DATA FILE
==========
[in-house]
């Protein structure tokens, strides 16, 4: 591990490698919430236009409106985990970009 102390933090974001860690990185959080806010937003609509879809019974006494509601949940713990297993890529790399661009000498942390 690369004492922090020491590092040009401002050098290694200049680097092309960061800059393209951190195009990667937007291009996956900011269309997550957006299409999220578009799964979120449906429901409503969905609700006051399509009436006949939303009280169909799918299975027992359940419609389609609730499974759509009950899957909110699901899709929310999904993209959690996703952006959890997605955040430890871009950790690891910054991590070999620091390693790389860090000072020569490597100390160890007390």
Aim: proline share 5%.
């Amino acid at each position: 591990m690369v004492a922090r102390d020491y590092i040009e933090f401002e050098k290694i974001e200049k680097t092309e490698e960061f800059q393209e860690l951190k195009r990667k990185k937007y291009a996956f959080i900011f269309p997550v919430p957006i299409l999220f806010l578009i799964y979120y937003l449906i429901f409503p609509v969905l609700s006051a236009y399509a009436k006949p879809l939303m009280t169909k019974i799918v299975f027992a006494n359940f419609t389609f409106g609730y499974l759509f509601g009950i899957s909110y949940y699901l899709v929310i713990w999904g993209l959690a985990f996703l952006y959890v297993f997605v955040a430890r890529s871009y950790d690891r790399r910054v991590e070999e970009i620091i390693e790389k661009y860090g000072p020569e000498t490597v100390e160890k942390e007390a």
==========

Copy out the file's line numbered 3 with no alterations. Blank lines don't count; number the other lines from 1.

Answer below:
Aim: proline share 5%.